However, junior programmers often lack the overall vision and experience needed to create a good design of components that are easy to instantiate and use, and that only respond to a specific and reusable responsibility. It is with time or with the help of other senior programmers that they will reach the maturity necessary to apply TDD correctly. Still, it is advisable to introduce TDD in the initial stages of any software project and guide them through the process.

In the case of developing the application with Java, tests are written as classes and methods. The most common library for executing these classes in the form of tests is called jUnit, and the Maven build tool is responsible for automatically executing all classes marked as tests via jUnit.

Tests are considered source code of the project, and therefore must be part of the code under version control. So, if the Java source files are usually in src/main/java, the testing classes will be in src/test/java.

How to Write a Test in TDD

The answer depends on the programming language. But practically all of them follow the same pattern or pseudo-code where there are well-defined phases for each unit case. Its implementation may vary depending on the type of project where TDD is being implemented. In new projects it will be much easier to introduce than in those that already exist and are programmed without considering TDD, because in new projects it is usually easier to perform a good separation of components. Still, any test must have the following steps.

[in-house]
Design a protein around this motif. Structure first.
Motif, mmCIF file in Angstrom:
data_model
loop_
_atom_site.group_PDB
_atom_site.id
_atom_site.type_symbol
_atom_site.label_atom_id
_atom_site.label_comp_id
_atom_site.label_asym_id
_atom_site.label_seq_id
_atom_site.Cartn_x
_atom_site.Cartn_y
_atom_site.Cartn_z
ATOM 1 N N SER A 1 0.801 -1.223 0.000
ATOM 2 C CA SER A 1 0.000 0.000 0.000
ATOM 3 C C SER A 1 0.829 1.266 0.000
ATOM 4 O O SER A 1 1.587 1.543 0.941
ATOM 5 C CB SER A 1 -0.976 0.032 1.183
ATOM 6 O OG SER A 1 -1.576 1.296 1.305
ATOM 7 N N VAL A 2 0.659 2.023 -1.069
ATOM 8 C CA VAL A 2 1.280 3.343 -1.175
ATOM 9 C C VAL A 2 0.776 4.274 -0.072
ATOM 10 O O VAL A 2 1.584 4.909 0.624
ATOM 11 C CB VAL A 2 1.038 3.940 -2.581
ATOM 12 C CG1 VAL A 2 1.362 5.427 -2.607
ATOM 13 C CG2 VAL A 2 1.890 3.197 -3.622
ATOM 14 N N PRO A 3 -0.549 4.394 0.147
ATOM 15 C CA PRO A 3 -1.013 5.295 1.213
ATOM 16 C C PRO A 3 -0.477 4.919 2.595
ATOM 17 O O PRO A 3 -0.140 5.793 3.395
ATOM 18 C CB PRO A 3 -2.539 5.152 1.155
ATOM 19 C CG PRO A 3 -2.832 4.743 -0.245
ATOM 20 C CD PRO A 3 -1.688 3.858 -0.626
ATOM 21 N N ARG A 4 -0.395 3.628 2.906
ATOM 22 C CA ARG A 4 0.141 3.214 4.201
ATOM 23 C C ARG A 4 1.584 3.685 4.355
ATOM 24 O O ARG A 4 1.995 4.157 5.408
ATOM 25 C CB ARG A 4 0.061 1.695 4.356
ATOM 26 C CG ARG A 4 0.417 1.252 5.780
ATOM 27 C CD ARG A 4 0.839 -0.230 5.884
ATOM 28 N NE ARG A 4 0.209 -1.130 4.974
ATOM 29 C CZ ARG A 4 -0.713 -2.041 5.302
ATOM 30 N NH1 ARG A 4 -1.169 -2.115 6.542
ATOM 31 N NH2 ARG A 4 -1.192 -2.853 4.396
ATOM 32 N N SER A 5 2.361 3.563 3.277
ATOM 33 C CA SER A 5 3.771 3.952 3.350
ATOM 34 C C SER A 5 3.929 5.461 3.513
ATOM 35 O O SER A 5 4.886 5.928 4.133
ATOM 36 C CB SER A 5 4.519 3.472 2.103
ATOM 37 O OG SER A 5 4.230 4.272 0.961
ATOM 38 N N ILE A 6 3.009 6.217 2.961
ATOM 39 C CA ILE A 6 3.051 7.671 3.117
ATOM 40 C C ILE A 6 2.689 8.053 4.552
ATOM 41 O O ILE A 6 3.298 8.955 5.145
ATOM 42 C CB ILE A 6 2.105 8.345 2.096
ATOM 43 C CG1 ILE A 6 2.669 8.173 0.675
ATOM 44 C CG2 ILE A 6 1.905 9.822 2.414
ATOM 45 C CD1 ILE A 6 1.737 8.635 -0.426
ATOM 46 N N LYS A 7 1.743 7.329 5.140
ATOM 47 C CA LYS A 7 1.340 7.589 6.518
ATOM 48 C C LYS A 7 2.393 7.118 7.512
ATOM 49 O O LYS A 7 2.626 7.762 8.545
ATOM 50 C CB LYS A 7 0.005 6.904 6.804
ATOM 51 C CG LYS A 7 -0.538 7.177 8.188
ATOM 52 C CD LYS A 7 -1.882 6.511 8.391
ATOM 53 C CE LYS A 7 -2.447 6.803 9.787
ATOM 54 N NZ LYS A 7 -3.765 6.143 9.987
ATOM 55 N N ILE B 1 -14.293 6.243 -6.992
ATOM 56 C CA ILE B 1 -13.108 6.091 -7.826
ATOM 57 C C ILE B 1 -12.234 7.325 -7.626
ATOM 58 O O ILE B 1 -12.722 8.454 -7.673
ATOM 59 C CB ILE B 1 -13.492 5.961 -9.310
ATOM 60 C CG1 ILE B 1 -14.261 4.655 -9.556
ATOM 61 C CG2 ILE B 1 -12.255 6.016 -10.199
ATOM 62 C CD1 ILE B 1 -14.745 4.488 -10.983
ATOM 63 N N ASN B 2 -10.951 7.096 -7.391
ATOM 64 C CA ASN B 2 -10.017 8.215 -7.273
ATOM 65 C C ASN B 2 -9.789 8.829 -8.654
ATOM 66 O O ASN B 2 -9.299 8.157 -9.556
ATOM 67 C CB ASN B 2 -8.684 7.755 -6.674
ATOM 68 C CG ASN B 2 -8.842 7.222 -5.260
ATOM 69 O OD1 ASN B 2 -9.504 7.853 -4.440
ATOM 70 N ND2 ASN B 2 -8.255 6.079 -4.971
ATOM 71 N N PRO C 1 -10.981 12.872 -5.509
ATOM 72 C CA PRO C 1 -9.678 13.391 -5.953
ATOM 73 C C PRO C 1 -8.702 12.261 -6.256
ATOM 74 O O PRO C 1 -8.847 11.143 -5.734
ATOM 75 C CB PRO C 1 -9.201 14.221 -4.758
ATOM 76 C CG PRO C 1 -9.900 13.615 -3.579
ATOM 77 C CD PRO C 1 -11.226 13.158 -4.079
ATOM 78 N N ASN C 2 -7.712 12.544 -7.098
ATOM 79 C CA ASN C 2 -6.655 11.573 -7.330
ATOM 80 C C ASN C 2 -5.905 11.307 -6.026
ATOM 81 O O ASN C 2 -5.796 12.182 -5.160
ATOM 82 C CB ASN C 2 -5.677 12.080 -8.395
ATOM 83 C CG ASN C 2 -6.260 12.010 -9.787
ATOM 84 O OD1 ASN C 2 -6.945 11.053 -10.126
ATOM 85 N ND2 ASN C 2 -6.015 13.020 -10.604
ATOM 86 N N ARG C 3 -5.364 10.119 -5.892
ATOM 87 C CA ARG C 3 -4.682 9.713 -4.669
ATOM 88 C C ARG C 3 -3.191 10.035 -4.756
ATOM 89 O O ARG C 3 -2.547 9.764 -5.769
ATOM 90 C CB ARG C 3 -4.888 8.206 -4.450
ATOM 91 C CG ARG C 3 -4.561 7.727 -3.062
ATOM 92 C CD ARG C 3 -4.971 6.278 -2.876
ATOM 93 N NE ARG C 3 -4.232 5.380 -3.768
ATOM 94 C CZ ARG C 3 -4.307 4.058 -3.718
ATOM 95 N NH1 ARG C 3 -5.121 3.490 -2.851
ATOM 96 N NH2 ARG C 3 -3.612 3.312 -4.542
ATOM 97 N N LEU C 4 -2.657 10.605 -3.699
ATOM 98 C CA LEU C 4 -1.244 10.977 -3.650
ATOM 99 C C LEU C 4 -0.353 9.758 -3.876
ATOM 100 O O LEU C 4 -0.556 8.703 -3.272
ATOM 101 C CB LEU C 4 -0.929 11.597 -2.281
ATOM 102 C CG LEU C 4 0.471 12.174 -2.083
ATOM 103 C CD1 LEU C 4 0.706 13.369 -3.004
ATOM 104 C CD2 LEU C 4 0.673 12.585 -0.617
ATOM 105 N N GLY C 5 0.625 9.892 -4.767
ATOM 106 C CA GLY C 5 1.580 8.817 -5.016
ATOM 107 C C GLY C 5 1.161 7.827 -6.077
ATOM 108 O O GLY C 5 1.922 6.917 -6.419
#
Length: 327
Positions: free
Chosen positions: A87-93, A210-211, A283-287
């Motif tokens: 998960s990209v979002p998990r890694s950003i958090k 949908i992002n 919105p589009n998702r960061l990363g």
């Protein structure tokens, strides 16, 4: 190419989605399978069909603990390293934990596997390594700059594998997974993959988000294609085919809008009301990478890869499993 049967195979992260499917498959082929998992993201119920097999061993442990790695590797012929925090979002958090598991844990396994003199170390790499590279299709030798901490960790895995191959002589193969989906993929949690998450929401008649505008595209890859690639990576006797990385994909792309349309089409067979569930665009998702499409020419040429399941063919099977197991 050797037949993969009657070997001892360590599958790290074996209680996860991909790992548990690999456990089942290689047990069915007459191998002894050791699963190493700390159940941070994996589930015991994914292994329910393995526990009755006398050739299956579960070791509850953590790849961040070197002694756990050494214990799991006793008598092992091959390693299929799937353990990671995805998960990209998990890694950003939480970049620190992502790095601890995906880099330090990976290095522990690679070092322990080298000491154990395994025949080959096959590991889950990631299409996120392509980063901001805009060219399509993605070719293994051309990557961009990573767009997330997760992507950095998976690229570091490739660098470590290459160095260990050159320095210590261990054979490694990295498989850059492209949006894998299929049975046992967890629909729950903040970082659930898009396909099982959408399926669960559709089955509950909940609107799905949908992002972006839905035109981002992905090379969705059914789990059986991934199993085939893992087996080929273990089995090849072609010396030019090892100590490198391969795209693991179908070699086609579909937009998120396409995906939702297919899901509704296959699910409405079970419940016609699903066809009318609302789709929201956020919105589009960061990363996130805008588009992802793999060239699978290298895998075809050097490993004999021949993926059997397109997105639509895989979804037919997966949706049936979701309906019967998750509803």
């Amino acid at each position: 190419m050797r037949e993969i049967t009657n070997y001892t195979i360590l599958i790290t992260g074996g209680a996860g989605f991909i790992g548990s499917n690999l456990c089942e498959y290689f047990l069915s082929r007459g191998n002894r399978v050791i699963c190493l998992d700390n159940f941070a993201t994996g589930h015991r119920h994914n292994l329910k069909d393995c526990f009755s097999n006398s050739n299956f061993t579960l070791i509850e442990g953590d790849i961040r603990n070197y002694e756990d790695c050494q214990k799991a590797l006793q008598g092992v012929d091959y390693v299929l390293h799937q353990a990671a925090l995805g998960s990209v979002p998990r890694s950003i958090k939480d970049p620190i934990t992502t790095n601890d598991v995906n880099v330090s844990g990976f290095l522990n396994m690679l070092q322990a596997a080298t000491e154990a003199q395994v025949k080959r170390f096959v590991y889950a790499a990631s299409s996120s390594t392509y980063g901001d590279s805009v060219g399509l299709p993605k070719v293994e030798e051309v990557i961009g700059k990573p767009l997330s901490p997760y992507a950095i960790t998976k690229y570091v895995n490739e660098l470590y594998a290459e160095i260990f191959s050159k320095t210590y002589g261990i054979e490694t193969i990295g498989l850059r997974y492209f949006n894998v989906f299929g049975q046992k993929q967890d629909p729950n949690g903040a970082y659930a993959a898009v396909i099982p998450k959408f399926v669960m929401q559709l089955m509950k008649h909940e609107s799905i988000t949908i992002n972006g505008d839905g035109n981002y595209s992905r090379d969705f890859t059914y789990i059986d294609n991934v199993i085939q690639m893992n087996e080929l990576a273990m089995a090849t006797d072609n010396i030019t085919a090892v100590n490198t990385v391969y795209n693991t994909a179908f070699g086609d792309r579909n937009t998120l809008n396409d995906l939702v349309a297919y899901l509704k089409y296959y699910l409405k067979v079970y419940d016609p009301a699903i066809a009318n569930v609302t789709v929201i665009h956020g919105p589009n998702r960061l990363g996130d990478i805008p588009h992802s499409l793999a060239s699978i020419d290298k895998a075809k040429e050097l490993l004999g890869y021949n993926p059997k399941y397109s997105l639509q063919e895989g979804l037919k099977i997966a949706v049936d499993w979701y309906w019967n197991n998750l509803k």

Phases of a unit test:

  1. Instantiation of the component. Tests are intended to verify a case on a component. It is advisable to keep the tests specialized in a particular situation. It is a mistake to write cases that test many functionalities. So in this phase, the programmer should retrieve or create only one instance of the component or functional unit that they want to test.
  2. Execution of the component. Given the component retrieved from the previous step, the next step is to invoke its execution, whether it is a function or a method of a class. This invocation must be done with known parameters, so that it is known in advance what the result should be if the operation is correct.
  3. Result verification. By calling the functional unit with known arguments and assuming that it is a deterministic functionality (i.e., that for the same parameters, it will always provide the same result), the result obtained by the execution of that logic is checked. If the provided result is equal to the expected one, the test passes successfully. If not, an exception is thrown indicating the error. This usually triggers the termination of the application build process.

It is important to emphasize that tests should verify only one functionality. They should be small and concise, so in any project hundreds of tests can accumulate normally. Small and specific tests are easier to maintain, test, and survive application changes more frequently.

How to Program with TDD using Spring Boot

If you already have a project built with Spring as the result of following the steps outlined in how to create an application with Spring Boot, incorporating TDD is very simple because Spring provides the dependencies and guidelines on how to perform testing for such programs.